I look under the seats and find my son’s old retainer, a quarter, my husband’s sunglasses, two pennies, a dime, a shriveled French fry, several pieces of Lego, a Matchbox car, and a pretzel. I eat the pretzel, throw the French fry out the window, pocket the change, and put my son’s retainer, the Lego, the Matchbox car, and my husband’s sunglasses in my pocketbook for future distribution.

I reprogram the radio to stations I like instead of those my kids have selected.

I look at pictures from my wallet of my children at various stages in their lives.

I take out the car manual and read the section on how to recharge a dead battery – just in case. One can never be over-prepared when waiting in line to have one's car inspected.



I clean fingerprints off the windows and mirrors with what I hope is an unused Kleenex.



I meditate.



I imagine myself on a beach in Bora Bora with a fabulous suntan, a flat stomach, and perfectly straight hair. There is a man I don't know sitting on the blanket next to me. I don't recognize him. I continue my reverie without an ounce of guilt about the hunk on a towel, who, in my daydream, just brought me a tall, cold piña colada with an umbrella straw.



I curse at myself for not bringing a book or a magazine to read while waiting in line.



Then I begin to fixate on waiting in lines.



I think about things like whether you wait "in" a line or you wait "on" a line. In New Jersey, I waited "on" line, but once I moved away from the Metropolitan New York area, no one waited "on" line anymore. They waited "in" line. It's so confusing.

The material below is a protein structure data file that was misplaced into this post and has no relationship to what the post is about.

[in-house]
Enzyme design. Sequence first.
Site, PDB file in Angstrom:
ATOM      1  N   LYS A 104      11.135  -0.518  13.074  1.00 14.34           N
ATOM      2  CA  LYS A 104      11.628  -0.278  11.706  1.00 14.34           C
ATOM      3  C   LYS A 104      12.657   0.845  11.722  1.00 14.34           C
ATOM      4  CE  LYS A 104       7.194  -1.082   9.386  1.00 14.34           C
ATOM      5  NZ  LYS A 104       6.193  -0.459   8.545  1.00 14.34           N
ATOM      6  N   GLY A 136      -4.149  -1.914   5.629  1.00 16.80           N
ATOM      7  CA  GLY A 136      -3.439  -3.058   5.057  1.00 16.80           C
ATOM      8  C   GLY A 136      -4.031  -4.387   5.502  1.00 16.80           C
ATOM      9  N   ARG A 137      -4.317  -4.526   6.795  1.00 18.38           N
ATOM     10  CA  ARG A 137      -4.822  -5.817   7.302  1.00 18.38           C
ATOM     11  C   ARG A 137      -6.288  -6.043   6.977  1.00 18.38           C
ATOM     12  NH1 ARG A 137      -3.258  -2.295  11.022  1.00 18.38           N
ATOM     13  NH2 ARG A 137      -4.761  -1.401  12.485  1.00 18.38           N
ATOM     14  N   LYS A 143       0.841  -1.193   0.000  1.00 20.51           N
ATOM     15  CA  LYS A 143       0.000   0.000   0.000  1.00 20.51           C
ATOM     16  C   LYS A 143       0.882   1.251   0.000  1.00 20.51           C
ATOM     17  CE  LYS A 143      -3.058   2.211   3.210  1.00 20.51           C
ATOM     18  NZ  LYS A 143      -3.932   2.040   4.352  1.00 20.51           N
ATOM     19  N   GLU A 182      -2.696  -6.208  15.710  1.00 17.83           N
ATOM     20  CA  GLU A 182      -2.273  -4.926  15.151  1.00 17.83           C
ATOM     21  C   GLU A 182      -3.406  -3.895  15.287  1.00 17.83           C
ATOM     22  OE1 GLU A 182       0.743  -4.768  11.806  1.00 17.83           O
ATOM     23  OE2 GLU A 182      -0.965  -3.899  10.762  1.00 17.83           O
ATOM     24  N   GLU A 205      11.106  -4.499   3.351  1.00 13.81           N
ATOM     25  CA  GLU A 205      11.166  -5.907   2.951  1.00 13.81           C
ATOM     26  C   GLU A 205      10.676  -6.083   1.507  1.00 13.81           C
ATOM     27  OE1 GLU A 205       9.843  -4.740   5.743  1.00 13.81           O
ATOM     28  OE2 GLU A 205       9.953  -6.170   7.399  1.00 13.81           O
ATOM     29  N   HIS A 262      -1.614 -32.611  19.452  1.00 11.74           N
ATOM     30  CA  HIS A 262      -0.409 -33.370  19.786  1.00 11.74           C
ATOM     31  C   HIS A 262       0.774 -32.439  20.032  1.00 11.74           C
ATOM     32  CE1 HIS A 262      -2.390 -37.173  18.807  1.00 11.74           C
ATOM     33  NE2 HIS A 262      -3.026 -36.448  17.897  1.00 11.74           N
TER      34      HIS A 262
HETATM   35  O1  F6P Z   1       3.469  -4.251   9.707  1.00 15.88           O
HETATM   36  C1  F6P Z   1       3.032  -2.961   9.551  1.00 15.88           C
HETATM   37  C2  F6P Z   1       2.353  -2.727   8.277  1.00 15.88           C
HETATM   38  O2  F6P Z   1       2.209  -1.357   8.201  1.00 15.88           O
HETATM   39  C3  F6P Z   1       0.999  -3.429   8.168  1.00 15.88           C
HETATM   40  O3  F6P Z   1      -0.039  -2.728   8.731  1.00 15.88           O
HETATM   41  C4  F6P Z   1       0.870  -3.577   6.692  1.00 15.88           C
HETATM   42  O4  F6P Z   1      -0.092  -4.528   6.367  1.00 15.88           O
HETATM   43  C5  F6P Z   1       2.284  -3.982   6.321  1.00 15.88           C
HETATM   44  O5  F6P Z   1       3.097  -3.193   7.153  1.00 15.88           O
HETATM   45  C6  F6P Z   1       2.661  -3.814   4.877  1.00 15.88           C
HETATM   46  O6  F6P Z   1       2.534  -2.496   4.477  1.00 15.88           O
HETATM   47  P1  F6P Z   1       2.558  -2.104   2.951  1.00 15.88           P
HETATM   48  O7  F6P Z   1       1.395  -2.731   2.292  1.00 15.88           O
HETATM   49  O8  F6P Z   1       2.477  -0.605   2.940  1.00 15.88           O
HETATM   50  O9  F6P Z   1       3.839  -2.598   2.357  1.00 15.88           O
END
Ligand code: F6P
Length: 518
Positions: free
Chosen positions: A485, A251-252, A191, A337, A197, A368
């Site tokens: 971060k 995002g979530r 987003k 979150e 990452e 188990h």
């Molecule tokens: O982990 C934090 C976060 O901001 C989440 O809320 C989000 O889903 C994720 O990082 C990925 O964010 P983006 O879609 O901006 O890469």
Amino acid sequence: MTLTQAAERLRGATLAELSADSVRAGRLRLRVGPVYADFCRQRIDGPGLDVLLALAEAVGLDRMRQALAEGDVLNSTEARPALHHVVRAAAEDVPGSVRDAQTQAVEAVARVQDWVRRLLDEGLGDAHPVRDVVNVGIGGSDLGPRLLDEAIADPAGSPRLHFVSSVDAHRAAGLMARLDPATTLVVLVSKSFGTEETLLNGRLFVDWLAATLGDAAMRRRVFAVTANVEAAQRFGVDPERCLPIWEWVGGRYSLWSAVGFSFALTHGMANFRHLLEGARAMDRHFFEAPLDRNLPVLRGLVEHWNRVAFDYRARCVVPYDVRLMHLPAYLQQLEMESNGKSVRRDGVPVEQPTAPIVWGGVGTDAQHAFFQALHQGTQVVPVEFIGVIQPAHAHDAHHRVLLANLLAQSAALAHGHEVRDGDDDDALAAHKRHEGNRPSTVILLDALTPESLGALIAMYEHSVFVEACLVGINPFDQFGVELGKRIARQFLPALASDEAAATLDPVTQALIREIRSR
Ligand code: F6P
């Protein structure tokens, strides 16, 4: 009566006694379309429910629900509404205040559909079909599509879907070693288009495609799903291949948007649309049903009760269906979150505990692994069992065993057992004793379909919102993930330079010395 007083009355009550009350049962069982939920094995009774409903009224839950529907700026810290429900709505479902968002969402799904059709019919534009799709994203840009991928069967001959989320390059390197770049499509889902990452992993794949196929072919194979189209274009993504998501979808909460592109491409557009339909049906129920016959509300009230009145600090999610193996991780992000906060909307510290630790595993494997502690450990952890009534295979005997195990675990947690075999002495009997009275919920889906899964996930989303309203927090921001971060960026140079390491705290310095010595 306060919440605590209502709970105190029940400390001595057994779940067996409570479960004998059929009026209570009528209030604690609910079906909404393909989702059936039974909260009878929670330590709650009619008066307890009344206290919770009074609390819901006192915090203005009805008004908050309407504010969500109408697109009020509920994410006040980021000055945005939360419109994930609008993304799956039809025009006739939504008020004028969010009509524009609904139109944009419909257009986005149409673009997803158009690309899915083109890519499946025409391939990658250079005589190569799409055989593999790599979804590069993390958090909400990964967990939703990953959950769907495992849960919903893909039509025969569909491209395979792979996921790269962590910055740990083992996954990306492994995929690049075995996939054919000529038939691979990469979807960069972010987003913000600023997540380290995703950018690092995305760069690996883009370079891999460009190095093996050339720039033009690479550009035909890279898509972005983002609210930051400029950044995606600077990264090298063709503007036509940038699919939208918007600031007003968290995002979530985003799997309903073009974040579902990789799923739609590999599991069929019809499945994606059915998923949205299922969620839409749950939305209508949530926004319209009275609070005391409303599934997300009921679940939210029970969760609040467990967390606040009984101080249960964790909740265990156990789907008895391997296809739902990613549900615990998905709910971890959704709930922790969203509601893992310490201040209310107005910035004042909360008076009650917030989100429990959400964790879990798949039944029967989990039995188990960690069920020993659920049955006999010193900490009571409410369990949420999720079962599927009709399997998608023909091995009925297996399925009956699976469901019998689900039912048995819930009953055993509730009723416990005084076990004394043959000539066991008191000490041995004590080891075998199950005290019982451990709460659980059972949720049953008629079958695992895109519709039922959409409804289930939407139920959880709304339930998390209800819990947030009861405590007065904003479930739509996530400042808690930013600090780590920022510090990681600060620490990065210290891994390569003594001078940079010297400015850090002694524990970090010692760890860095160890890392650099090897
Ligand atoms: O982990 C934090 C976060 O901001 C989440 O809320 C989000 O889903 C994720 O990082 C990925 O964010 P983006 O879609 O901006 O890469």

I start to write a list. I write a lot of lists. Lists add order to my constant state of chaos, confusion, and anxiety.



The list I create is my Waiting List.



When I hit six hundred sixty-four things on my list that I have personally waited for on a regular or irregular basis, and I am not even near the head of the car inspection line, I know I am in big trouble. From waiting on hold to waiting for replies to waiting for clients to waiting for results to waiting for deliveries, this is a subject that could send me spiraling downward at warp speed into a bottomless pit filled with old French fries, lost retainers, and used Kleenex.



I imagine hearing people adding their opinions to this discussion about waiting:

“I must waste half my life commuting to work.”



“I hate waiting in waiting rooms.”



“I waited a year for that government rebate.”



“I am waiting for my kid to clean his room.”



“I was in labor for six days until they finally told me I could push.”



“I was on hold for an hour and a half before the customer service representative got on to tell me I had the wrong extension.”



“I waited twenty-five years for him to finally admit he was wrong.”



"I waited twenty-six years for him to finally tell me I was right."



But that is other people. That is not me. Other people take things like waiting for things in their stride.



I don’t.



I am totally aware of this because I am a realist. I know who I am and what makes me tick. I know my limitations. I know I waste a lot of time waiting, but I waste a lot more time obsessing about it. Then I waste even more time obsessing about the fact that I am wasting time obsessing about wasting time.



It’s not a pretty picture, and I’m starting to worry a little.





"Some national parks have long waiting lists for camping reservations. When you have to wait a year to sleep next to a tree, something is wrong."